Non-player characters (NPCs) in your fiction

Sometimes, in our zeal not to inflict too many characters on our readers, we forget that characters-as-scenery still have a role to play.

The image above is one of my real-life non-player characters, as rendered by a simple MidJourney AI image prompt [MidJourney has some challenges rendering animals….]. He’s a shrew, and his name is Samson.

Let me explain…

We currently live in an 1812 stone and log cabin at the the top of a hollow embedded in the rise of the Allegheny plateau, part of a large bit of land we bought for hunting & vacation back in the ’80s. (More details here and here and elsewhere.) The original settler’s cabin had a single main room downstairs built into the hillside with a fireplace for living/cooking, and three rooms above for sleeping. A small plumbing/furnace extension in the 20th c. added a cellar/pantry below and another bedroom above.

Old buildings like this are, shall we say, semi-permeable to the local wildlife. Squirrels roll walnuts between the walls, snakes take advantage of knotholes in the logs, and mice dare our traps to spend the winter. Mostly they don’t make their presence obvious, and we indulge in a fair amount of live and let live (undermined by occasionally disapproving cats who take matters into their own paws).

Recently we’ve added a member to our volunteer menagerie. A floorboard in the main room downstairs has broken at the corner and exposed a matchbook-sized hole to whatever ground-level original dirt or flooring surface lies below. And, so, a shrew has come to join us.

Now, a shrew has got about the fastest metabolism of any mammal. You never see one standing still, just blurring by at high speed, and since they’re the size of a mouse or smaller, if you blink you’ll miss them. We’re sure of our identification, because the first one ran through the main room from the fireplace corner to the dogs’ water dish in the adjacent cellar. We once carelessly left the water level too low for her to get out, and she drowned (providing the evidence). We lamented the unintended death (and named her Ophelia), but soon she was replaced by a successor who is providing us with a great deal of amusement.

You see, this one has taken up some form of construction. He zooms from the floorboard hole to the back of our cheap modern electric stove and proceeds to make an astonishing amount of noise involving metal and scrabbling (and jackhammers and god knows what) — this, despite the oven still being in use periodically, to no apparent effect.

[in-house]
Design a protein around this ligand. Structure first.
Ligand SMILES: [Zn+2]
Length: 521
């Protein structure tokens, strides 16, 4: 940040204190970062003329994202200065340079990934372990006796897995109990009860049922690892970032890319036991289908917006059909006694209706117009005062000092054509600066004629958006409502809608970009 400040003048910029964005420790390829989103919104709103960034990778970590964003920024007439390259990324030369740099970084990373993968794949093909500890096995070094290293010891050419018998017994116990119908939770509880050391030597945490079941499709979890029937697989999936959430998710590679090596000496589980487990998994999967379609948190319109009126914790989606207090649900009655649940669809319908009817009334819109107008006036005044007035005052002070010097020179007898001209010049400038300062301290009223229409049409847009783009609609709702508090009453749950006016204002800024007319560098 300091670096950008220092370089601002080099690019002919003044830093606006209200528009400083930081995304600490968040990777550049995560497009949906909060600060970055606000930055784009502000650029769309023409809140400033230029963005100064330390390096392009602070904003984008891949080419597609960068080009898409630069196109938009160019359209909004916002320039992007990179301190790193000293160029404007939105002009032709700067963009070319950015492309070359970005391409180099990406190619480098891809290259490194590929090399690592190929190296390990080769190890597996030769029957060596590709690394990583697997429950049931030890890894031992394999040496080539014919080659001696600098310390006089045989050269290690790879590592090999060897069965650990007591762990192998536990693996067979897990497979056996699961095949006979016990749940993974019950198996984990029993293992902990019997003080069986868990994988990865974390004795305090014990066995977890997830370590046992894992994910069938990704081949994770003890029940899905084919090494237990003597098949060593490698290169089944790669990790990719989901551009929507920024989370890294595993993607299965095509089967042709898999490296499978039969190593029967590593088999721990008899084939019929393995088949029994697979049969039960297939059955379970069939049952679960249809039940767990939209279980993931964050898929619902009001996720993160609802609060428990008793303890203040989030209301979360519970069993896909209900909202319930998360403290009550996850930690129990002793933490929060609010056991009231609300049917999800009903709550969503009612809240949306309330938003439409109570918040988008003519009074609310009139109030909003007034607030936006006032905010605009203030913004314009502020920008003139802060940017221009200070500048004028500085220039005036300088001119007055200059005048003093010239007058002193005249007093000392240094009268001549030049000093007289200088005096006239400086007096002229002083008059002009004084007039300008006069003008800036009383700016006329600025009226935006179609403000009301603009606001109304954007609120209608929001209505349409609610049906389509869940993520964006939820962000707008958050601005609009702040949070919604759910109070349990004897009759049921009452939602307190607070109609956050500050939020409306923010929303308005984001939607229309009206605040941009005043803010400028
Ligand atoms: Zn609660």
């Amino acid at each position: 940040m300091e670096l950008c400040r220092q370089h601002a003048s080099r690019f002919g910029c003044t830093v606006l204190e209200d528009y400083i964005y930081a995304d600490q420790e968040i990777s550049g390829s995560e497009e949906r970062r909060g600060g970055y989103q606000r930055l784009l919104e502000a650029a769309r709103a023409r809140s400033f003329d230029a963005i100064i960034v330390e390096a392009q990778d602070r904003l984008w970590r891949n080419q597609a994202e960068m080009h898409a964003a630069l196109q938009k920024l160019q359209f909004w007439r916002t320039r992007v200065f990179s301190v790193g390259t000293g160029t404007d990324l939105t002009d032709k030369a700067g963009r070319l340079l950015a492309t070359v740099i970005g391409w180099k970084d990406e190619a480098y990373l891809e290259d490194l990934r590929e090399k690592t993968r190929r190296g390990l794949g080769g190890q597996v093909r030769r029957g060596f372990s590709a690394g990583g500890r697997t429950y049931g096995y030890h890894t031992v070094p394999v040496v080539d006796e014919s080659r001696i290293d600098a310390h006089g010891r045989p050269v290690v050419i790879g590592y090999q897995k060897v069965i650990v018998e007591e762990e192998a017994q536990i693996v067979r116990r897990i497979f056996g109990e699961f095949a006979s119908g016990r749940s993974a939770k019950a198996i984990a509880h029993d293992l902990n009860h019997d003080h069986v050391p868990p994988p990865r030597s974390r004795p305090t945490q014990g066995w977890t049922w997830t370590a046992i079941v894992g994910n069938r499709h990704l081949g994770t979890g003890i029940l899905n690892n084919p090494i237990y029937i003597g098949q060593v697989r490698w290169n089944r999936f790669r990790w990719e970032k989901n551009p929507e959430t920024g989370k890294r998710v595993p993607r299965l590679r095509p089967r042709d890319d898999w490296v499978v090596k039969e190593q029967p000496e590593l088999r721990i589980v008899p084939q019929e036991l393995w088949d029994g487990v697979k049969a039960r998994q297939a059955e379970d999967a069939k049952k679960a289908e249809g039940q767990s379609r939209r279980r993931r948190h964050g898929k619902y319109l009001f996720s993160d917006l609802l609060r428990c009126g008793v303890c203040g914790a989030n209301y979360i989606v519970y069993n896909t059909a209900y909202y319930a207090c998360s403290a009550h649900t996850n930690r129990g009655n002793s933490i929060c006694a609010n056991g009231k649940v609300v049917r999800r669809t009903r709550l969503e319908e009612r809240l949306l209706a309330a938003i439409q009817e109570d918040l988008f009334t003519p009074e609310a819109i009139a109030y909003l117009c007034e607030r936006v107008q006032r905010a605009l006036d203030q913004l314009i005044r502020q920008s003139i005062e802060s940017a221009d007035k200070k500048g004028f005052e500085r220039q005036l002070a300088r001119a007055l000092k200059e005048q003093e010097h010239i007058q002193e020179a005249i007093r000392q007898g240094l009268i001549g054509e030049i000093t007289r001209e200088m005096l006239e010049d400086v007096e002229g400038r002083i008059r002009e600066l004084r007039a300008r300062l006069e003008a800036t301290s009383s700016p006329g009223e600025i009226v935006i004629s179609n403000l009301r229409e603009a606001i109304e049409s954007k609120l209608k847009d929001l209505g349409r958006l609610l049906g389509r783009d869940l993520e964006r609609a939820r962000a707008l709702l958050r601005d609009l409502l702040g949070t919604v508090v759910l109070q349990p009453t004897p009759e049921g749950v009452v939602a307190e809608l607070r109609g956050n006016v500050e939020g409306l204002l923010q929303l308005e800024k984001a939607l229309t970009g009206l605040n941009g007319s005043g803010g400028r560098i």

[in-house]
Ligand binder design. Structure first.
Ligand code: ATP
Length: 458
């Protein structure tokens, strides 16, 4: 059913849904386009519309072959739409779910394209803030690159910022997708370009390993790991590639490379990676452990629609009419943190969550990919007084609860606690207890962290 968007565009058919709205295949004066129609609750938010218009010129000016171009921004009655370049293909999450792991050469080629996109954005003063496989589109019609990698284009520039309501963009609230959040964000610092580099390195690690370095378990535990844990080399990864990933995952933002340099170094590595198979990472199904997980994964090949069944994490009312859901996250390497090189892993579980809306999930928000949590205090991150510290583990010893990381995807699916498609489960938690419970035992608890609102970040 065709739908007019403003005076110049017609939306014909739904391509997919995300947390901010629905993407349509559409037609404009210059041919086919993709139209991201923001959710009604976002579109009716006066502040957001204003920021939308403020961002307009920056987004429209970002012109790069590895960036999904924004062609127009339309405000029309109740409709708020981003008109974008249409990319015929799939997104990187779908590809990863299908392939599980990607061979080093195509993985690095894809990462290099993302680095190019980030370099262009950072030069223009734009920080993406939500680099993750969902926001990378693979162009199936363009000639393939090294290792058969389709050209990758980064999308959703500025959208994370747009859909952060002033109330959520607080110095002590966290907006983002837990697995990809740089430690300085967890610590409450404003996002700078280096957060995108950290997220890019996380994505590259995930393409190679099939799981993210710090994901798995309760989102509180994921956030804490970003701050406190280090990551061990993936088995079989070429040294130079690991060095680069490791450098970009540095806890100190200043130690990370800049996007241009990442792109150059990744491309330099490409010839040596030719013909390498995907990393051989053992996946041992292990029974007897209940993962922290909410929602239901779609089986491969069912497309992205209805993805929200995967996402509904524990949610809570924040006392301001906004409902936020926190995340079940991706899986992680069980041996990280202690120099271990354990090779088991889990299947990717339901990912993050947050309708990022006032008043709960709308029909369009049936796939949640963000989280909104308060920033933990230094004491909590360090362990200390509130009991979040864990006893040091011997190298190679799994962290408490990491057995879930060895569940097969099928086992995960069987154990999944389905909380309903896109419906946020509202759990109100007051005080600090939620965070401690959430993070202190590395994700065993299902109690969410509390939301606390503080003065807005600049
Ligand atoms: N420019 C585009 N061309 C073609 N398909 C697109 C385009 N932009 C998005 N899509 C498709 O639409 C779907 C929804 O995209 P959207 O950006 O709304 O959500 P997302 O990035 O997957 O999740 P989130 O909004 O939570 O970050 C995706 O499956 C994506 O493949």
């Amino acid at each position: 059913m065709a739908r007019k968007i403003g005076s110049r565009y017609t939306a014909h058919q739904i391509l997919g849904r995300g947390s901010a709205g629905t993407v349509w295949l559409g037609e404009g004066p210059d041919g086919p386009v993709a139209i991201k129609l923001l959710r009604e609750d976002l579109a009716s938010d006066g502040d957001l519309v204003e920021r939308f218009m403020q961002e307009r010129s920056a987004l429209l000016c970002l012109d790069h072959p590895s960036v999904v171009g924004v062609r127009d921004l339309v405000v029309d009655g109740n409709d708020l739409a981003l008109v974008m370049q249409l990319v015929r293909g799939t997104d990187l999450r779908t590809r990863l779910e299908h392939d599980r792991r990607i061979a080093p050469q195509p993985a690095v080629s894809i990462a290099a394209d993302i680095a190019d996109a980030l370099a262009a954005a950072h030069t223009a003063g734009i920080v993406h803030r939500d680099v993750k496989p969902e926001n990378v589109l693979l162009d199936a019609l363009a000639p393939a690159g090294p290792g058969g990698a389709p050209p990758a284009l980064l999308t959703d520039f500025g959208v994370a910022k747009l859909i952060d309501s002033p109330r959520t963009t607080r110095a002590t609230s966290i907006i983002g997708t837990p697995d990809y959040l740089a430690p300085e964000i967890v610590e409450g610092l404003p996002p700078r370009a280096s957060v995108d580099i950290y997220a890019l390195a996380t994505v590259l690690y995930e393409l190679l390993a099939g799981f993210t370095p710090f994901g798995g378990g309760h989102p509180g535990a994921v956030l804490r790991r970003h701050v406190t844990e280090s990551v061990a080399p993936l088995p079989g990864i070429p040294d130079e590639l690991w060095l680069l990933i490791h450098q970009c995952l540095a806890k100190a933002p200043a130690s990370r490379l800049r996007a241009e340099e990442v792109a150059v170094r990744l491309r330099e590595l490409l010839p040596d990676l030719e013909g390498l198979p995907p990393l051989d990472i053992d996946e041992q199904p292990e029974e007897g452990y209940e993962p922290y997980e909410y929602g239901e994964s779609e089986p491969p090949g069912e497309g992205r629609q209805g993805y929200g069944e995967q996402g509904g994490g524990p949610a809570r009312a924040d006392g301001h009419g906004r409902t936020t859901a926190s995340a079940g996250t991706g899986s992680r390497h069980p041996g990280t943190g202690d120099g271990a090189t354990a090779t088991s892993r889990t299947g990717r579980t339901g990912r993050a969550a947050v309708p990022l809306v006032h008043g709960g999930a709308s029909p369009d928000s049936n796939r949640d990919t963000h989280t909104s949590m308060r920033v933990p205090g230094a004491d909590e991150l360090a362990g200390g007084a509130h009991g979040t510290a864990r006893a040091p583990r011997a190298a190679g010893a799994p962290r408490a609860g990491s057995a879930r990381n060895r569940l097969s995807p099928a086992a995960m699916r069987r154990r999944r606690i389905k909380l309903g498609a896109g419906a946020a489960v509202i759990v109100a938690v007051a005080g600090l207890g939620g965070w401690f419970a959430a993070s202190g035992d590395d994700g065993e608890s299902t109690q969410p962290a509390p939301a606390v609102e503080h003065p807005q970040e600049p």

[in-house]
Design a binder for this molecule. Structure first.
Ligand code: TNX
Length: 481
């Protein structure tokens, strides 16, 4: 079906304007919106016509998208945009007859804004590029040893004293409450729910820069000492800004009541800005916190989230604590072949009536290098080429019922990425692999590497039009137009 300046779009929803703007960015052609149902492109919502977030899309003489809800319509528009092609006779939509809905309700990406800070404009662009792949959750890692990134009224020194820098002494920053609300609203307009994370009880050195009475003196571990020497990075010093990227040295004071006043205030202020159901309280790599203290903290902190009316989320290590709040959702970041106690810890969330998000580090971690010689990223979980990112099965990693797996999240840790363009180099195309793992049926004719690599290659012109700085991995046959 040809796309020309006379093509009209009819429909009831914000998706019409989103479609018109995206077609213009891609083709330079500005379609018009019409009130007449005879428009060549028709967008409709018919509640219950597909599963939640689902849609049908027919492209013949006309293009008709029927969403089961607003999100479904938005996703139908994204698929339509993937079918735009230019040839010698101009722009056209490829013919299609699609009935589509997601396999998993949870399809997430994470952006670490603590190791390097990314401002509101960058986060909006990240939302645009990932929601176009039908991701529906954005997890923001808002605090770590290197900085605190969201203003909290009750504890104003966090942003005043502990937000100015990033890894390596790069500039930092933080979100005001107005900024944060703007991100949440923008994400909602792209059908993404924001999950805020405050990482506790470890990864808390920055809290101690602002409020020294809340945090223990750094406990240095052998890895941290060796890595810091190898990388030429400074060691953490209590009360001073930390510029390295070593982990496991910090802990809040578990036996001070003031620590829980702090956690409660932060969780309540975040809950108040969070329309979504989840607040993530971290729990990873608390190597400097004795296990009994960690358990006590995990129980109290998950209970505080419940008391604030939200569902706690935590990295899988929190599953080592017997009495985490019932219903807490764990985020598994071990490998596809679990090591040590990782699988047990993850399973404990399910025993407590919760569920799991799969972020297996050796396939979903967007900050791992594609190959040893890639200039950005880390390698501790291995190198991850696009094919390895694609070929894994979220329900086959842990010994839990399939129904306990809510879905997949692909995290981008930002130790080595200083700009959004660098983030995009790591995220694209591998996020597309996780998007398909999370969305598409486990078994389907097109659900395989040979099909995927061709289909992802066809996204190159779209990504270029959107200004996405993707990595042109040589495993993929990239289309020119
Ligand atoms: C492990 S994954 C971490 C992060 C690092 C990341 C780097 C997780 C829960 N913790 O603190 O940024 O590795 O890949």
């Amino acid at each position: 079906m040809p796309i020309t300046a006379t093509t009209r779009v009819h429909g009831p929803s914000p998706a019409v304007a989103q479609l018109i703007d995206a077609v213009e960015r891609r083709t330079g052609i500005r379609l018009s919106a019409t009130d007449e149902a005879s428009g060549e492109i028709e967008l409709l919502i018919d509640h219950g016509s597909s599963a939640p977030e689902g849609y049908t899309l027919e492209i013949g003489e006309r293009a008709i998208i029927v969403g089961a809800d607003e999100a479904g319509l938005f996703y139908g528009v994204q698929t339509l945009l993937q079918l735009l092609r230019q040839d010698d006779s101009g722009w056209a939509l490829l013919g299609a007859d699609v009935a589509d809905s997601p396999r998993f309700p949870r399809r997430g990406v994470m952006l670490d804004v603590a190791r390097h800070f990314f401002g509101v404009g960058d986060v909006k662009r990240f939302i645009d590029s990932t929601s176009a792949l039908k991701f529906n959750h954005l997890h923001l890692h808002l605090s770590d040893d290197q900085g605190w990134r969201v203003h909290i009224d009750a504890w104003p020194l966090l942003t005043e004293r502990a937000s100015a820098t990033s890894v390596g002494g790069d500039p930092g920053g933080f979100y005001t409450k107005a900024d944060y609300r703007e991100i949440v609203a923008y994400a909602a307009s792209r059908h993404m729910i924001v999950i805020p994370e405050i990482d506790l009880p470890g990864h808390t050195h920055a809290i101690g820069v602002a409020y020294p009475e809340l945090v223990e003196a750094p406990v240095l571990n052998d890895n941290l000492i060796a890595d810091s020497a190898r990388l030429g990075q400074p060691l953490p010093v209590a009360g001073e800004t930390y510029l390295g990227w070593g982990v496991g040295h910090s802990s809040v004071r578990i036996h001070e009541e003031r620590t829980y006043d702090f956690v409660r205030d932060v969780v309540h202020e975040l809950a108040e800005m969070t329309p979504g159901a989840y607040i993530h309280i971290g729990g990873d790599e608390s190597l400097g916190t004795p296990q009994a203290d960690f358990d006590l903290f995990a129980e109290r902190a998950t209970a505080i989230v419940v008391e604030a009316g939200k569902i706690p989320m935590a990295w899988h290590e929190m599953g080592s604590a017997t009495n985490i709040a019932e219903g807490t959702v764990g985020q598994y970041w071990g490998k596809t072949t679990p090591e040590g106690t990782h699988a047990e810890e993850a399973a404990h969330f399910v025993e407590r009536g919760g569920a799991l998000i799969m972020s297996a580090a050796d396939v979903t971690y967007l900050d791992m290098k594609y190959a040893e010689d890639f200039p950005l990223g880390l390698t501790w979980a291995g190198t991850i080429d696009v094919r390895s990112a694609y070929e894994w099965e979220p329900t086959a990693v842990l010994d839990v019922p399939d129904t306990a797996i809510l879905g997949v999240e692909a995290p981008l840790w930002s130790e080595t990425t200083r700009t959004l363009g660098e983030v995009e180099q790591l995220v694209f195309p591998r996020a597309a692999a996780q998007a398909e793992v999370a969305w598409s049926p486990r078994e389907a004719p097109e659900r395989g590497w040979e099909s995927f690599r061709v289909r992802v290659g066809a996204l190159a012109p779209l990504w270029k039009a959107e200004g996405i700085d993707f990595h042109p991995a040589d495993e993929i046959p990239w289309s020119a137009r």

And now comes the point of this post… We want to know what this shrew is doing. We’ve invented a rationale (he’s building bookcases under the oven to hold his comic collection – hence the image above) and we’ve given him a name (Samson) in recognition of his prodigious activities.

We had to do that — this is a critter with agency whom we encounter on a regular basis. We had to create a story for him. It’s what people do. It’s beside the point whether the story is true or not.

Well, your fictional POV characters would do the same with the people and other critters in their environment, wouldn’t they? That’s what struck me; unlike some of my fantasy worlds with limited numbers of onstage people, my current WIP is set in a faux-regency urban environment, and that means that my characters would naturally see all sorts of people all the time — the beggar on a corner, the tailor’s assistant sweeping his master’s steps every morning, the gentleman who tips his hat to you because you have come to recognize each other on your daily walks, the mangy cat who shows up looking for a handout. None of these are named characters, and none will provide a POV, but that doesn’t mean they shouldn’t be there, and that your real POV characters don’t notice and speculate about them casually, the way we all do. Add them to your fictional world’s environment and make it seem more like real life (and less of a vacuum).

9 comments

  1. Well said!

    And hopefully Samson isn’t dismantling the stove in order to build a steampunk tunneling machine under your house.

    1. Or simply stealing oven insulation to line his own home under the floorboards, so that we eventually start a fire using the stove…

      It’s all entropy or war out here in the country… 🙂

  2. First thought with picture – the shrew was too close to a magic accident, but not close enough for it to be lethal. this could be A Clue to someone that Something was up.

  3. There are times when a stereotype is exactly what you want, because you want the character to blur into the scenery. If your character is in a crowded train station, all the other characters need to do exactly what stereotypical travelers do unless you want one to become significant to the story.

    1. That happens occasionally, when an NPC decides not to be an NPC and ends up stealing the scenes he’s in. I created a mean girl character just to be a generic mean girl in the background of a couple of stories and she ended up playing a much larger role than I intended.

  4. We once carelessly left the water level too low for her to get out, and she drowned (providing the evidence).

    To avoid this happening again, you can put a stick in the water.

    Yes it looks funny.

    1. We did consider it. The (very big) dogs have opinions about things like that (i.e., the stick-equivalent vanishes to be played with/eaten).

      We keep the water dish topped all the way up as an alternative, so Samson can reach the rim safely.

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